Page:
PHOENIX — The Legislature adjourned for the weekend as negotiations over the state's $9.58 billion budget package fell apart in the House late Friday night before a deal could be reached.
Lawmakers on both sides of the aisle left the House in frustration as House Speaker David Gowan and Senate President Andy Biggs called it quits after discussions with a group of House Republicans on additional cash for K-12 schools hit a major roadblock.
The holdout House Republicans balked early in the week at what they believe are funding shortfalls for smaller schools, district-sponsored charter schools and those with declining enrollment. They struck a tentative agreement Thursday that brings new spending on those items to about $51 million, up from about $16 million.
Some conservative members are upset about the added spending. Democrats want more spending on schools and social services but majority Republicans don't need their votes to pass a budget.
Sen. Steve Pierce, R-Prescott, said Gowan was working on a deal with House members who believed they had an agreement for more spending on K-12 schools, but could not reach a final deal.
"People are pretty upset — it's a mess," Pierce said. "It's a total lack of leadership."
Democratic Rep. Bruce Wheeler of Tucson also blamed the failed effort on the leadership.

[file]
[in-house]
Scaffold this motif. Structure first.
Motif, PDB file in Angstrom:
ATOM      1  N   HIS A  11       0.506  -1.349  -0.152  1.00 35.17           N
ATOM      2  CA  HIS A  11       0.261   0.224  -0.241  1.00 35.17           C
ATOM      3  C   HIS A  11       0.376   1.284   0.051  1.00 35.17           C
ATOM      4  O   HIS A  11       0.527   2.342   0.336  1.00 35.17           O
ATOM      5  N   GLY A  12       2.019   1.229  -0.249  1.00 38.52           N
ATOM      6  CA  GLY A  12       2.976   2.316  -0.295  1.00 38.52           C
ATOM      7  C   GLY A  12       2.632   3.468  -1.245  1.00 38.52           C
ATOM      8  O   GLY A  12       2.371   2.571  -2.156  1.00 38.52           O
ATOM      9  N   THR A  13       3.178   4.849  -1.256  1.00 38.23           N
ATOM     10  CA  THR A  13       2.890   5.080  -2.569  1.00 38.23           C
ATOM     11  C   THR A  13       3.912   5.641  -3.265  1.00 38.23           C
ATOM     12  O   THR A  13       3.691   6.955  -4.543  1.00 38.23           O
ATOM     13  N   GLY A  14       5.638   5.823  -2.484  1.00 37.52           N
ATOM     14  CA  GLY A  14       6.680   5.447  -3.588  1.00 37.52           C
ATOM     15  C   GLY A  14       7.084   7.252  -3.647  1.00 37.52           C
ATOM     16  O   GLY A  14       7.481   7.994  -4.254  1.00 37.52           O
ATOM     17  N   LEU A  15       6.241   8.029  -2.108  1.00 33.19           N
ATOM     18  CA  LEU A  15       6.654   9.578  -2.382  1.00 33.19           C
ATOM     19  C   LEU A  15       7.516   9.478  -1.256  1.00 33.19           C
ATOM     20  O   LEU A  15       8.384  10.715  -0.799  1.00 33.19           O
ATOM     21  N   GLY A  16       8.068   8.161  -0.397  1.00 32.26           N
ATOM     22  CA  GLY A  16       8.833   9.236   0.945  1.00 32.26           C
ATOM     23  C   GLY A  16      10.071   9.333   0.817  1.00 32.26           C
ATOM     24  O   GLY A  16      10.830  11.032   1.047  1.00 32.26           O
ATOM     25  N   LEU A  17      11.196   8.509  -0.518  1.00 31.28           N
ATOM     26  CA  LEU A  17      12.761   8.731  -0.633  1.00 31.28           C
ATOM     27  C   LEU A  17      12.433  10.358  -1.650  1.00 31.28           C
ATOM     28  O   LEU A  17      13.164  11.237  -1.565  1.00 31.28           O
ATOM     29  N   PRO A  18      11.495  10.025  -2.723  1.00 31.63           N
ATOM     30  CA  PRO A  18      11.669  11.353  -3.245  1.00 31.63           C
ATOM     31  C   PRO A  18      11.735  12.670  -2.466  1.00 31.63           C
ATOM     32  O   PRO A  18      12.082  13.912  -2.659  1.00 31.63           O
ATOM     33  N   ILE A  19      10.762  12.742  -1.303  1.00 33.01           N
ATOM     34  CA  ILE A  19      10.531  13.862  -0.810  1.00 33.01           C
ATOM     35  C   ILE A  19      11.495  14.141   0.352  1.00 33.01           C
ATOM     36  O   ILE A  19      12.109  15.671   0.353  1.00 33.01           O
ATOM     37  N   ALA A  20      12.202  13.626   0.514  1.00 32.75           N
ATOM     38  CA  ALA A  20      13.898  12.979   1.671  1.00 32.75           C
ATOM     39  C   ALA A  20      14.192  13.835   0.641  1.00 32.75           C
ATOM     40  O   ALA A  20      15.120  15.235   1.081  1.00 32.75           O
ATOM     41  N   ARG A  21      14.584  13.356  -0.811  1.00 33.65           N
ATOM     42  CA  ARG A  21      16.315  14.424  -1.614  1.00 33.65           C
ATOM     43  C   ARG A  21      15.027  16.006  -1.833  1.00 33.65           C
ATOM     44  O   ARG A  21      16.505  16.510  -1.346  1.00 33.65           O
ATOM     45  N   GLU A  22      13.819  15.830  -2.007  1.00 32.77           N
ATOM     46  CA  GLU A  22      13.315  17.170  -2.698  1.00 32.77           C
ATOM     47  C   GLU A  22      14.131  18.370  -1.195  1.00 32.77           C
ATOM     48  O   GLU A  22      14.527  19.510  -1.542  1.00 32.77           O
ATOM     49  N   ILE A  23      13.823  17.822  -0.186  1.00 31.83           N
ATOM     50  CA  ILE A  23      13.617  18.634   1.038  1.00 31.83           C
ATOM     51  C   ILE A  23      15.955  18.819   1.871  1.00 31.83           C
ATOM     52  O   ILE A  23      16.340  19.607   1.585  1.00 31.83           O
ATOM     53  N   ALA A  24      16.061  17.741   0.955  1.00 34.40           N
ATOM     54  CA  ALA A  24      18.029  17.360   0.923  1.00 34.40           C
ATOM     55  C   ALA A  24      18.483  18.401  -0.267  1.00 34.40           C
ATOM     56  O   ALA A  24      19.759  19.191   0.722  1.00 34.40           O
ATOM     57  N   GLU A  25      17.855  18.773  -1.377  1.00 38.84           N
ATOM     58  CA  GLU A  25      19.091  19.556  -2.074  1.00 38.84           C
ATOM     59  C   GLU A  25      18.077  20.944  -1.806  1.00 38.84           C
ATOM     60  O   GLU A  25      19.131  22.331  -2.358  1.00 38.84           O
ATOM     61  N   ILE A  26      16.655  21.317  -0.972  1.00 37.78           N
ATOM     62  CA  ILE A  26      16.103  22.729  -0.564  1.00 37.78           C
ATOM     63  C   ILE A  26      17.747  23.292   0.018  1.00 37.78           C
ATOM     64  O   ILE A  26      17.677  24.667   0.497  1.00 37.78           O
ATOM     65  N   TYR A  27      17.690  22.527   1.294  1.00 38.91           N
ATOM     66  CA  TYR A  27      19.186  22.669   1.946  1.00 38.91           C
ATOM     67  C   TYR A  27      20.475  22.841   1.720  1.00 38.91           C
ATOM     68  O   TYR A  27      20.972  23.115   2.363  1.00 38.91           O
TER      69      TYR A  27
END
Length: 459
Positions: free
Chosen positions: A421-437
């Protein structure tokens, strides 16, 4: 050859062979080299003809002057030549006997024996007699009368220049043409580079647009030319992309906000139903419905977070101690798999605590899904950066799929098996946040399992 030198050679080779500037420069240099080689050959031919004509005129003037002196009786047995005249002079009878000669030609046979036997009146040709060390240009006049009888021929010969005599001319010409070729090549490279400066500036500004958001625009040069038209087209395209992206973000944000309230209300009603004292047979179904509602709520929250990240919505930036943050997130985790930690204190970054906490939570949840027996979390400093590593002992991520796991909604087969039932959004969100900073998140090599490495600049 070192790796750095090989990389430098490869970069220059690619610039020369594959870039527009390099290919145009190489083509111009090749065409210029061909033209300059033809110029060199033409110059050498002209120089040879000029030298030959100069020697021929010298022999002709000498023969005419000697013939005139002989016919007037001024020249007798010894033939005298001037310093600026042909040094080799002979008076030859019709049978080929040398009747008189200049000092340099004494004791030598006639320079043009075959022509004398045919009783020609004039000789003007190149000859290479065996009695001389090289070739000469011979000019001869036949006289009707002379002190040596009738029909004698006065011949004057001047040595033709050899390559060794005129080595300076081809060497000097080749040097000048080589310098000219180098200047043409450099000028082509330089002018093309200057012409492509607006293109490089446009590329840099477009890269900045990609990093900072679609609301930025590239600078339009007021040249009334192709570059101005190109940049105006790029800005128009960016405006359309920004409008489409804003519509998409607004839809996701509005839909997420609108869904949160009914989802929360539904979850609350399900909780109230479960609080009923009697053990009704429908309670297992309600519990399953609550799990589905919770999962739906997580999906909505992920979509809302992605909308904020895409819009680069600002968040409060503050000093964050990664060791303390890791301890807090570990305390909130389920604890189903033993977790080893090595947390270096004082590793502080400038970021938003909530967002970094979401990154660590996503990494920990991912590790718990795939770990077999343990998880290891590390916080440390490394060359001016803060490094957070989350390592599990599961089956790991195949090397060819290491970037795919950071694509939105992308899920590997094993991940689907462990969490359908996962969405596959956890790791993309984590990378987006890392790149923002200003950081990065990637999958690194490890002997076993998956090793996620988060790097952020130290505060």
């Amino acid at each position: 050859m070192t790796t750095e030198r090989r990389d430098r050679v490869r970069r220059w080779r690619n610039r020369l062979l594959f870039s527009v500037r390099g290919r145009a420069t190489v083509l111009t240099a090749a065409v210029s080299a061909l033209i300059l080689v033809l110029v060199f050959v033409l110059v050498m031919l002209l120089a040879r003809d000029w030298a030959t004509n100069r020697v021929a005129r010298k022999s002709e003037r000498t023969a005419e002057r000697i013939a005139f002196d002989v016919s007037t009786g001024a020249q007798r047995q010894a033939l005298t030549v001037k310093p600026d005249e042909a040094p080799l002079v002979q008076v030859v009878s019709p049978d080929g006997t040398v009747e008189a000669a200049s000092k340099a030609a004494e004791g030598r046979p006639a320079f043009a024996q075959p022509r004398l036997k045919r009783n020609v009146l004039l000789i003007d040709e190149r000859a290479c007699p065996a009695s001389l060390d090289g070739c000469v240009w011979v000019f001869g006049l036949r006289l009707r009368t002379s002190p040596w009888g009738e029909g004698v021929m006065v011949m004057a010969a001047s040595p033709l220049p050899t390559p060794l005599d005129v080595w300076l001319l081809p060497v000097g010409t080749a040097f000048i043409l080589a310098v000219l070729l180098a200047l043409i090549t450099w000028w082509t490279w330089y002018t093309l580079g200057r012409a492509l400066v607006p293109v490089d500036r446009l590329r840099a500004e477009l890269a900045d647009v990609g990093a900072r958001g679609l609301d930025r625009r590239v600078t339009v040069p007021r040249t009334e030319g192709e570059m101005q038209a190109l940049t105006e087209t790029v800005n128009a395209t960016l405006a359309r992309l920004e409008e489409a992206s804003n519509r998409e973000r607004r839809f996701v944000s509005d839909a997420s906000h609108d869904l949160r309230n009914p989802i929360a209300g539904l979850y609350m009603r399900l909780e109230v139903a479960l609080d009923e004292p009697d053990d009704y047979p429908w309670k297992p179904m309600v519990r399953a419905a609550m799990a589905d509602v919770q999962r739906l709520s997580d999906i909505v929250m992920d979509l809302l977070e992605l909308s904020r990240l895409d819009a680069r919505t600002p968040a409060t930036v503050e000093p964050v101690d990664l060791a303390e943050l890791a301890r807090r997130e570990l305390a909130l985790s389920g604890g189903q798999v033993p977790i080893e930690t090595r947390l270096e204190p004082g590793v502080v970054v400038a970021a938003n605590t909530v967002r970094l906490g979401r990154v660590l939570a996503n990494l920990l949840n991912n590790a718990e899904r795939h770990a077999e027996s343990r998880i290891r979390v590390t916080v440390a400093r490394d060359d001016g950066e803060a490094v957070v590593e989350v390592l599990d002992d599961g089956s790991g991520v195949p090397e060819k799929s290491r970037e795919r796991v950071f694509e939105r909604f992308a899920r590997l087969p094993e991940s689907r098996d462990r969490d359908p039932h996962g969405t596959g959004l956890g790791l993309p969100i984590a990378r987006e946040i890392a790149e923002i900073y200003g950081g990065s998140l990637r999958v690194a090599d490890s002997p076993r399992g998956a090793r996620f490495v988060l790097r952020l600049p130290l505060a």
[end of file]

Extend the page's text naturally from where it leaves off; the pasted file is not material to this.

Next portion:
"Nothing got done for the fifth straight day and we are going home and try again on Monday," Wheeler said. "It's not just the House leadership but the governor who bears considerable responsibility for this breakdown."
Gov. Doug Ducey had negotiated the overall budget with Biggs and Gowan, who brought it to their members early in the week.
"The governor is committed to passing a balanced budget that protects K-12 education and we look forward to working with legislative leadership in the week ahead," Ducey spokesman Daniel Scarpinato said after the Legislature adjourned. "We look forward to working with all legislators."
Several Republicans expressed their irritation at the inability to come to an agreement with the holdouts in their own caucus.
"I have absolutely nothing to say other than I am disgusted," said Republican Rep. Mark Finchem of Oro Valley, a fiscal conservative.
The package passed by the House Appropriations Committee during a meeting that ended at about 3 a.m. Friday was supposed to include fixes for the education issues.
But wrangling continued throughout the day Friday and into the early evening. The House, set to gavel-in at 10 a.m., briefly met in mid-afternoon but then recessed to allow for more negotiations.
House appropriations chairman Justin Olson announced at the start of the meeting late Thursday that the school budget items would get extra money and funding for school construction also would be added. That followed a commitment earlier in the day from Ducey Chief of Staff Kirk Adams to fix the problem and bring school funding up to the previous year's level.
The meeting of the House panel — the only point where the public could comment on the spending plan — began at 9 p.m., and was sparsely attended. Some Democratic members complained that holding it at such a late hour meant many affected by the spending plan were effectively shut out of the process.
In recent years, once a deal is struck between the governor and House and Senate leaders they push to get it done in a week and will work overnight into the weekend to get the budget out.
"Usually they say you can't let it go over the weekend or it will get worse," Pierce said. "But it can't get any worse."